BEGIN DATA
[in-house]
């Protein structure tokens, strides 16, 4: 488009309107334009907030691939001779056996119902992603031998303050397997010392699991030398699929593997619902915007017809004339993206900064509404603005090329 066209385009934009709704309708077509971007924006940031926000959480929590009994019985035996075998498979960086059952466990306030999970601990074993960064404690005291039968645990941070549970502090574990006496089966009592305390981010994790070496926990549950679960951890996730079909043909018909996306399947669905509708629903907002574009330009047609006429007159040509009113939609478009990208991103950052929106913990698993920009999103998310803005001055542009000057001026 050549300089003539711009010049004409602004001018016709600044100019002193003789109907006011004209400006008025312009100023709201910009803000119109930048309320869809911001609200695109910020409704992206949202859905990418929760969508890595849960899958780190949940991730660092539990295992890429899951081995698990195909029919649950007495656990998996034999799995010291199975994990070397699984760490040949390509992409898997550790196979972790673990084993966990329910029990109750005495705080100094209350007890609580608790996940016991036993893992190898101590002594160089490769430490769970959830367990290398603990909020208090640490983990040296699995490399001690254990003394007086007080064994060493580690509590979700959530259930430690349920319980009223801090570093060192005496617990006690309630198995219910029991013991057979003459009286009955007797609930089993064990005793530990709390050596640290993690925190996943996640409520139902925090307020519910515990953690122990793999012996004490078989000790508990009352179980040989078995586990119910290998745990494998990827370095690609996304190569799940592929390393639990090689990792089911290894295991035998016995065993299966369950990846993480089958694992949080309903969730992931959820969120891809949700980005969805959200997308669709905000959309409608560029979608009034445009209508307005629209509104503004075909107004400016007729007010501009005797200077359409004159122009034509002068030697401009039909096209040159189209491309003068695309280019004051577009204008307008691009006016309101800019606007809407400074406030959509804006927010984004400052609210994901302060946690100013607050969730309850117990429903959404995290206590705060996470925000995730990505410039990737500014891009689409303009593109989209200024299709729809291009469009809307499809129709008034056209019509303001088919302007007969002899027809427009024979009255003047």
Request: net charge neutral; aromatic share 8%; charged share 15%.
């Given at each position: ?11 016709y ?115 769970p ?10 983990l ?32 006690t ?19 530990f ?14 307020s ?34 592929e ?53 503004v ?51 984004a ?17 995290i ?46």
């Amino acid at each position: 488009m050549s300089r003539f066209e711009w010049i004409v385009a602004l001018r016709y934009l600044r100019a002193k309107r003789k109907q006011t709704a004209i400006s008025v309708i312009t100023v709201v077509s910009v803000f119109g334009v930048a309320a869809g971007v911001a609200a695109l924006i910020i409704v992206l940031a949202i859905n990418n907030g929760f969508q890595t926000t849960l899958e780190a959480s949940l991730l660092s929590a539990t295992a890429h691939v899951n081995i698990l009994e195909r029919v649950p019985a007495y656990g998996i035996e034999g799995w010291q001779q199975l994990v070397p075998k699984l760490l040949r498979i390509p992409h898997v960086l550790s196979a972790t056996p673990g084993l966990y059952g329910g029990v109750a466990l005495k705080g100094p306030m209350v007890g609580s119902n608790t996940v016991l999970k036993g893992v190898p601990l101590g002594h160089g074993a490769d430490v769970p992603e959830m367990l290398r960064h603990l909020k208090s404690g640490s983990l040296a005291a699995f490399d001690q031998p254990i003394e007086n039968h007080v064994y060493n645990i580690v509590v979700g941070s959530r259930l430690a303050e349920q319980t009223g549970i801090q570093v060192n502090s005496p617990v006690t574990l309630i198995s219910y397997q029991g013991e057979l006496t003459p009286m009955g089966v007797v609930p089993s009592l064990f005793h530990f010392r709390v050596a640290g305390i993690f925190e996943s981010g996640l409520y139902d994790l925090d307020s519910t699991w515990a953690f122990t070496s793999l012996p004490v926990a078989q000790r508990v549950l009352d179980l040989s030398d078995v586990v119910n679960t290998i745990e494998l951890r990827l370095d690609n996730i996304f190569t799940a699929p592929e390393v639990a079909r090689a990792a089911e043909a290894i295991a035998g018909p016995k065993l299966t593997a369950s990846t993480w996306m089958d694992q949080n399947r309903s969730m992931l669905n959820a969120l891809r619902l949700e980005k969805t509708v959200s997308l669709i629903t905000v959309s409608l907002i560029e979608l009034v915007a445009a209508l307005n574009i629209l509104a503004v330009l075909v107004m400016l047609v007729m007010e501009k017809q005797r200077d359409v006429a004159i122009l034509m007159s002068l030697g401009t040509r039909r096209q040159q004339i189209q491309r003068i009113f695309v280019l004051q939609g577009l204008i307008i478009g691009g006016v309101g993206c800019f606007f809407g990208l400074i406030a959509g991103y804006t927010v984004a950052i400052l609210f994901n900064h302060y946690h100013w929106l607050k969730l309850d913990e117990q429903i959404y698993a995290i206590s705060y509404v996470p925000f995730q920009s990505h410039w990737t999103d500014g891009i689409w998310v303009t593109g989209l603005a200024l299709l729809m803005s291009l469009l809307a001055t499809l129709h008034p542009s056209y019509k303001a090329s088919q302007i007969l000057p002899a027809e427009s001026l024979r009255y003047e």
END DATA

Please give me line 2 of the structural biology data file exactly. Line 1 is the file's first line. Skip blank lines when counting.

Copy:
């Protein structure tokens, strides 16, 4: 488009309107334009907030691939001779056996119902992603031998303050397997010392699991030398699929593997619902915007017809004339993206900064509404603005090329 066209385009934009709704309708077509971007924006940031926000959480929590009994019985035996075998498979960086059952466990306030999970601990074993960064404690005291039968645990941070549970502090574990006496089966009592305390981010994790070496926990549950679960951890996730079909043909018909996306399947669905509708629903907002574009330009047609006429007159040509009113939609478009990208991103950052929106913990698993920009999103998310803005001055542009000057001026 050549300089003539711009010049004409602004001018016709600044100019002193003789109907006011004209400006008025312009100023709201910009803000119109930048309320869809911001609200695109910020409704992206949202859905990418929760969508890595849960899958780190949940991730660092539990295992890429899951081995698990195909029919649950007495656990998996034999799995010291199975994990070397699984760490040949390509992409898997550790196979972790673990084993966990329910029990109750005495705080100094209350007890609580608790996940016991036993893992190898101590002594160089490769430490769970959830367990290398603990909020208090640490983990040296699995490399001690254990003394007086007080064994060493580690509590979700959530259930430690349920319980009223801090570093060192005496617990006690309630198995219910029991013991057979003459009286009955007797609930089993064990005793530990709390050596640290993690925190996943996640409520139902925090307020519910515990953690122990793999012996004490078989000790508990009352179980040989078995586990119910290998745990494998990827370095690609996304190569799940592929390393639990090689990792089911290894295991035998016995065993299966369950990846993480089958694992949080309903969730992931959820969120891809949700980005969805959200997308669709905000959309409608560029979608009034445009209508307005629209509104503004075909107004400016007729007010501009005797200077359409004159122009034509002068030697401009039909096209040159189209491309003068695309280019004051577009204008307008691009006016309101800019606007809407400074406030959509804006927010984004400052609210994901302060946690100013607050969730309850117990429903959404995290206590705060996470925000995730990505410039990737500014891009689409303009593109989209200024299709729809291009469009809307499809129709008034056209019509303001088919302007007969002899027809427009024979009255003047």